Traffic Department in the 1950s and 1960s

Gerry Atfield: I first went to Traffic on an attachment in 1950/51 and joined the department properly in 1953 when RA Davies was the superintendent – known as RAD! It is a point worth making early, how hard people like Davies worked, often long into the night typing reports and paper work. There was no administrative support. It has to be said that there was what today would be termed micro-management, for example when a car aerial was bent a great screed about taking care came out of HQ.

Before Burpham Traffic Centre the first Traffic HQ was up the metal staircase in the Leapale Road entrance yard to the Guildford police station. The traffic centres came about the same time (1953) and were of a similar design: Burpham, Chertsey, Godstone in Ivy Mill Close, Farnham and Dorking on Spital Heath.

Farnham was the first to go in the mid 1960s from the new police station. A Traffic man stopped a motorist who made a vociferous complaint and within about half an hour Chief Constable Rutherford was on the phone – close Farnham down. That was it, no discussion, it happened. (There were possibly supervision issues). At Burpham, and probably at the other centres, there were three cars and a number of motor bikes. A sergeant and an inspector were on the strength; covering the west and another on the east.

In my early days we had the Humber Snipe and one Super Snipe, a Sunbeam Talbot Tourer, soft top (open top) usually driven by the sergeant. We used the same car and worked 7-3, 3-11, 11-7 and when on meal break the crew mate was on patrol until he in turn had his break. The real killer was court off nights which was frequent, no paid overtime, and exacerbated when caught up in the quick change over from nights to late.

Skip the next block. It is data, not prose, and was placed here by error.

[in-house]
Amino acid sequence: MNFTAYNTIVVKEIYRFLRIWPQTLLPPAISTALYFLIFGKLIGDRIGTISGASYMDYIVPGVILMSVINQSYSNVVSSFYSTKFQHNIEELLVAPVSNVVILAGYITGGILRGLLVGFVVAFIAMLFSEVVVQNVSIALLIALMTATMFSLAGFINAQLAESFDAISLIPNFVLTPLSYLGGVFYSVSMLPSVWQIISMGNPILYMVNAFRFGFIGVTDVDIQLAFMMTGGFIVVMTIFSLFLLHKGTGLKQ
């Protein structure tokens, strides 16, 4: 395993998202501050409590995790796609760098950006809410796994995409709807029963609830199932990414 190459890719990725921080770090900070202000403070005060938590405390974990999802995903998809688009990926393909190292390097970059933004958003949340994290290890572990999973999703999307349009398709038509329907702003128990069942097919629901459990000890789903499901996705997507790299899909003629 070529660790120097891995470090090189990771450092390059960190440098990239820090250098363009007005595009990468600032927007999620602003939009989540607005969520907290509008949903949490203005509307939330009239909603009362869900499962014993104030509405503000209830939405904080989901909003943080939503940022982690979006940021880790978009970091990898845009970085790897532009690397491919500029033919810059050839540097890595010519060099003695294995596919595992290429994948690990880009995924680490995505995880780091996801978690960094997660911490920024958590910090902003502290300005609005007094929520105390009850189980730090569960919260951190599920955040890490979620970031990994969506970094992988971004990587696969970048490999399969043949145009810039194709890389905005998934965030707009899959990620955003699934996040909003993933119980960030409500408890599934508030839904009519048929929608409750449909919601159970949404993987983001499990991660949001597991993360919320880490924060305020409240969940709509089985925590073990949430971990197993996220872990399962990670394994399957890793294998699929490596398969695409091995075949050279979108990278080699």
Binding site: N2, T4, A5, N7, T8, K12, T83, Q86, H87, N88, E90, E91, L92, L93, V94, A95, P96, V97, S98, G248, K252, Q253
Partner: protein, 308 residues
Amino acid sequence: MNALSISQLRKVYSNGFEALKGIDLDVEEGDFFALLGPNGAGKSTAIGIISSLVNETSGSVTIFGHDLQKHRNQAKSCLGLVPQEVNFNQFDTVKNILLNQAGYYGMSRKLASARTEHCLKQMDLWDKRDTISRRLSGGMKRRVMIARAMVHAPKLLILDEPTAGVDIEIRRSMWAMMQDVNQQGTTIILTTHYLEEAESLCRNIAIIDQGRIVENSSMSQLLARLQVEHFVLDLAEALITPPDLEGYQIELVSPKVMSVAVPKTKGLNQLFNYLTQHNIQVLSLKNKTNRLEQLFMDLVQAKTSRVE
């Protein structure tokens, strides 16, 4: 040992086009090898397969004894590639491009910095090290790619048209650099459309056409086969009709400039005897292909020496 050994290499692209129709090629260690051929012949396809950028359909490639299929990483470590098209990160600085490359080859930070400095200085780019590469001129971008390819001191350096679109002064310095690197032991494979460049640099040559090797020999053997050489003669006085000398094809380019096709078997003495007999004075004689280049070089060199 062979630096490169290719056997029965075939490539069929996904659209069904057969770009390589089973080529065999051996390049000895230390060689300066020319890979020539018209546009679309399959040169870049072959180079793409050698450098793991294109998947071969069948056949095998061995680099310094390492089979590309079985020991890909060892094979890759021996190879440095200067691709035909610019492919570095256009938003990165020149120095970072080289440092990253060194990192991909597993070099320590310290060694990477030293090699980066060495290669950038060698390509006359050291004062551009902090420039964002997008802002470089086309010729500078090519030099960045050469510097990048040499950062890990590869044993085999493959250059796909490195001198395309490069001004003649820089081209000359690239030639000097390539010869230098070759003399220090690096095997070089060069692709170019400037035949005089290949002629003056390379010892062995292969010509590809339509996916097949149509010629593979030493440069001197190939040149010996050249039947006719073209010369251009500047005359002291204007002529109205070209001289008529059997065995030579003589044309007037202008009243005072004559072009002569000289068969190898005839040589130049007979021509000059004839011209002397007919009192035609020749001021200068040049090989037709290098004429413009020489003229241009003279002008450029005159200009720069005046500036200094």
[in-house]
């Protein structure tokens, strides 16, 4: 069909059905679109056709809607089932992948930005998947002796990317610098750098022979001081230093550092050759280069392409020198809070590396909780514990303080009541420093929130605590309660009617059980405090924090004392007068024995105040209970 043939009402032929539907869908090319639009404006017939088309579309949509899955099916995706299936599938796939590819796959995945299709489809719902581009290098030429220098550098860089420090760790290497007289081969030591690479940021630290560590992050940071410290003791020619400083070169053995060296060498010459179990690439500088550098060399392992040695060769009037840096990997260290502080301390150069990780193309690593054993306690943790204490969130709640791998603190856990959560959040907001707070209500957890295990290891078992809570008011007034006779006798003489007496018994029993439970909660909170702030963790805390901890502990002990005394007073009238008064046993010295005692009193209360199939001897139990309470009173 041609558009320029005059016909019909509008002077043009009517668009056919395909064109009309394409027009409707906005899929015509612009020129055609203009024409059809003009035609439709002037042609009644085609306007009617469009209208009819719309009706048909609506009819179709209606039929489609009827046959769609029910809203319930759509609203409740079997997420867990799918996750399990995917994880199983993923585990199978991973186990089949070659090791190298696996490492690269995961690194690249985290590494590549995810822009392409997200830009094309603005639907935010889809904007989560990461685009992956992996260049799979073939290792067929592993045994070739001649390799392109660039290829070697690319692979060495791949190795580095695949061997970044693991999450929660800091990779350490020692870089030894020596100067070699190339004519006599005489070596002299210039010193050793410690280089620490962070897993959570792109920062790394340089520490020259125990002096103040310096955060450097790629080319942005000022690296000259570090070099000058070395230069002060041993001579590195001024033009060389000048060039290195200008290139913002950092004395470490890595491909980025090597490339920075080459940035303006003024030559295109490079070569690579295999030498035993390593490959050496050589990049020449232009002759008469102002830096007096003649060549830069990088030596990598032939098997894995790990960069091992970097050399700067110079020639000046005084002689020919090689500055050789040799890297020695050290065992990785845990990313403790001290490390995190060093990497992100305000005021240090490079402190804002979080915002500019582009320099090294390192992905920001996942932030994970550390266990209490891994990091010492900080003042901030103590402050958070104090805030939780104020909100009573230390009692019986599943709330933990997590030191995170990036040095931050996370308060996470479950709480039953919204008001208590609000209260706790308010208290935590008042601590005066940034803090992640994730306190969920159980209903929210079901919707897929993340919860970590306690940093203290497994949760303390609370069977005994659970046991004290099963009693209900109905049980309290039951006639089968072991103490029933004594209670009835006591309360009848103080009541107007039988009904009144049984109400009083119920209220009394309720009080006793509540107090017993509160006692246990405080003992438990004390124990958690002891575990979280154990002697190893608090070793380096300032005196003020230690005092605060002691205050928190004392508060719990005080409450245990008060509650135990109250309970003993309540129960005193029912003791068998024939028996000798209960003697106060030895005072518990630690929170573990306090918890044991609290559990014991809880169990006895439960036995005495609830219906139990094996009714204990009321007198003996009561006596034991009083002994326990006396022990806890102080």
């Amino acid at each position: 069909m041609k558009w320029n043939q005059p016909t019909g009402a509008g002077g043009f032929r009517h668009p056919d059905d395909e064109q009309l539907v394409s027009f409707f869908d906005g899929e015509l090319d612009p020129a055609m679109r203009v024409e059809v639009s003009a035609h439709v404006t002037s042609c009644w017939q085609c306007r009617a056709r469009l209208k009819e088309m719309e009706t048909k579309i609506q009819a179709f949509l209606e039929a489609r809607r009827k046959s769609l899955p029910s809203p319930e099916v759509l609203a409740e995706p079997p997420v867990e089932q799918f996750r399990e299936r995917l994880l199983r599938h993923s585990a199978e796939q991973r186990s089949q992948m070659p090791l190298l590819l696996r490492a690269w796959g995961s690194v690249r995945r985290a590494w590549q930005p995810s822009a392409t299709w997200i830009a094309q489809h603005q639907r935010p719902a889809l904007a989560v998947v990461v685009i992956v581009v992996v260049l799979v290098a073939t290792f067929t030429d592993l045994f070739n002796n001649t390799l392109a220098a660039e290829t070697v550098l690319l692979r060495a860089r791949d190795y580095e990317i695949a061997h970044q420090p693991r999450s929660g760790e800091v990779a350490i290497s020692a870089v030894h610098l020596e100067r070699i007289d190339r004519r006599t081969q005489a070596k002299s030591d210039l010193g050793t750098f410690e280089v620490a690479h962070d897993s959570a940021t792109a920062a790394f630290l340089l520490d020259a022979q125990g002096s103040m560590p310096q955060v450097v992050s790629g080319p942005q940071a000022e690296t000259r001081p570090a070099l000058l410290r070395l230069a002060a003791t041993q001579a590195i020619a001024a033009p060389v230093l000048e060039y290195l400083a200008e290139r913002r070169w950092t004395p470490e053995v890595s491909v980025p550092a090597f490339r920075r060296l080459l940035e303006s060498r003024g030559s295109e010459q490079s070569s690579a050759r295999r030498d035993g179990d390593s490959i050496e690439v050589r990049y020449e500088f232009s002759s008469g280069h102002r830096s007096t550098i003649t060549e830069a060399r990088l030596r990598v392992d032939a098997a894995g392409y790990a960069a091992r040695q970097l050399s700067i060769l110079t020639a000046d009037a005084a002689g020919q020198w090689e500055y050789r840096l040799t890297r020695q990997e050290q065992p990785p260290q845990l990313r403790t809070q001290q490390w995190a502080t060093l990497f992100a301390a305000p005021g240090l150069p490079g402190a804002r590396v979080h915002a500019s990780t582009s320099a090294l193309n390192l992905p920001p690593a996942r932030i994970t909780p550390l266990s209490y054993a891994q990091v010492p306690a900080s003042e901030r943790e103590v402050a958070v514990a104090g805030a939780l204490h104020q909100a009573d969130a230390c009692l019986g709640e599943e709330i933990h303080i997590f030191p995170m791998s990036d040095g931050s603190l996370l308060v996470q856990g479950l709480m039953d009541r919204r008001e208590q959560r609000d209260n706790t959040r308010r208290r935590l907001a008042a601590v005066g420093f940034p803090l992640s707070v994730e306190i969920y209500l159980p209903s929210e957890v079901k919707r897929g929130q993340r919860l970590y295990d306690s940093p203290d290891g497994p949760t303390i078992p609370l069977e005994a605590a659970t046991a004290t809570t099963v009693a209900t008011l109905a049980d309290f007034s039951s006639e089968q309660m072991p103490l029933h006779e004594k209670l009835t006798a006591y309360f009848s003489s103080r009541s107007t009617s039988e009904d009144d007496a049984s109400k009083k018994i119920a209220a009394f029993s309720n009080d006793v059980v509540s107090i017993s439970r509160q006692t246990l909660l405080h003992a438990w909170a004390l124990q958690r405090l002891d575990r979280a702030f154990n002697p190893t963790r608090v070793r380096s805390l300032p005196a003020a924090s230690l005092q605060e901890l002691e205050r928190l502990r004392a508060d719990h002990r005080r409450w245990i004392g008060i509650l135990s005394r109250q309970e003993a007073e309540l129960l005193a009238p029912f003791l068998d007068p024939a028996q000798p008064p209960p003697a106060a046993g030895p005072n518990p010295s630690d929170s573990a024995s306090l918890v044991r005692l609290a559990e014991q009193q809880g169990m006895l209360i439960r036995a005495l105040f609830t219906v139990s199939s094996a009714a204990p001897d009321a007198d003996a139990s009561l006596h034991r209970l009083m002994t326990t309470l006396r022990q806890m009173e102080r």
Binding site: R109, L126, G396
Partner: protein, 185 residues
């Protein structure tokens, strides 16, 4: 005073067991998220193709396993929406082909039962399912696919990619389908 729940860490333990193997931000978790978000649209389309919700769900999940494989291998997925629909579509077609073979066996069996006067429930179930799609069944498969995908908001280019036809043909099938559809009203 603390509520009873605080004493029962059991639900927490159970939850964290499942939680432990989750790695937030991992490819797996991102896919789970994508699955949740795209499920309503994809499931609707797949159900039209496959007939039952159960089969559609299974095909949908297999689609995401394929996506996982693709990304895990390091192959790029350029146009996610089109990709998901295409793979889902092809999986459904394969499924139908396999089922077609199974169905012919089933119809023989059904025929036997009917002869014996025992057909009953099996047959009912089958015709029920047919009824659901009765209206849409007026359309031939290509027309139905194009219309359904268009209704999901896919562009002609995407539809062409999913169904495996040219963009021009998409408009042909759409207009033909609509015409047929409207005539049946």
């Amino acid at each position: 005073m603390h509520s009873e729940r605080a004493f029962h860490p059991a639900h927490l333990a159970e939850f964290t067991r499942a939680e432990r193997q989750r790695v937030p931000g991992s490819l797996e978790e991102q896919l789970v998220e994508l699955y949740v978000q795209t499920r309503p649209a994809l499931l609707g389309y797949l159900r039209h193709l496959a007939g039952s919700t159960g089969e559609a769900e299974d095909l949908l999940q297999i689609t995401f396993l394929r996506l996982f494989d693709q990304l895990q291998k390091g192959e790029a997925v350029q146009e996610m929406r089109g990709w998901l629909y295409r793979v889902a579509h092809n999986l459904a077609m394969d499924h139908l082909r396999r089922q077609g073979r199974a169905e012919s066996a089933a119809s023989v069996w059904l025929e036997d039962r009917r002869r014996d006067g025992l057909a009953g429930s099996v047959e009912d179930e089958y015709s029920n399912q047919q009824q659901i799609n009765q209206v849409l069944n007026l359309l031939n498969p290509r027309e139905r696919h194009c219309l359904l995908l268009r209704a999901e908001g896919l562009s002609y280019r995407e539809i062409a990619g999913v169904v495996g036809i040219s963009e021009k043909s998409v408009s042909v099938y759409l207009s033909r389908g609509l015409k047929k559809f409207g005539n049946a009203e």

The next police vehicles were the Austin, A70, A90, A95, A105 – Westminster – the bigger the number the better the car, the faster it went. The next generation were the Sunbeam Rapier and Zephyr 6, before we moved into Ford vehicles.

To get on Traffic I applied, tested by Inspector Ingrams and was accepted. Some time later I went on an advanced driving course and then every two years refresher courses. I also did a traffic patrol course concentrating on traffic law.

In the boot we carried a dustpan and brush – essential as we had running board on the cars and this was crucial equipment for keeping the inside clean. Stop boards for use with the organised road checks we frequently undertook, a tow rope and a red and a green flag.

The early motor cycles had no radios but my generation of cars did. Before that and Alf Hay told me that the vehicles had to make hourly points just as men on the beat did. Control was in Mount Browne in the glass area later used by the switchboard, off the new control room in the old building. There was just one consul. One of the early Traffic sergeants was Cyril Dumbleton who recently died just short of his 101st birthday in 2008.

Some of the modern Traffic Chief Superintendents: Basil West, Eldred Boothby, Bill Sutherland, Gerry Atfield 1974-1984. The job was then extended to include Operations and Traffic, Eric Hughes, Peter Wickens, Bob Bartlett who ceased having responsibility for Traffic and retained Operations.

Some Traffic superintendents were Gerry Atfield, Mark Hutchings, Jim Kirk, Vic Drummond, Danny McNulty and finally Shane Burrows who was in charge when it became Mobile Support Division. Bob Heaton worked with Danny McNulty as chief inspector.

 

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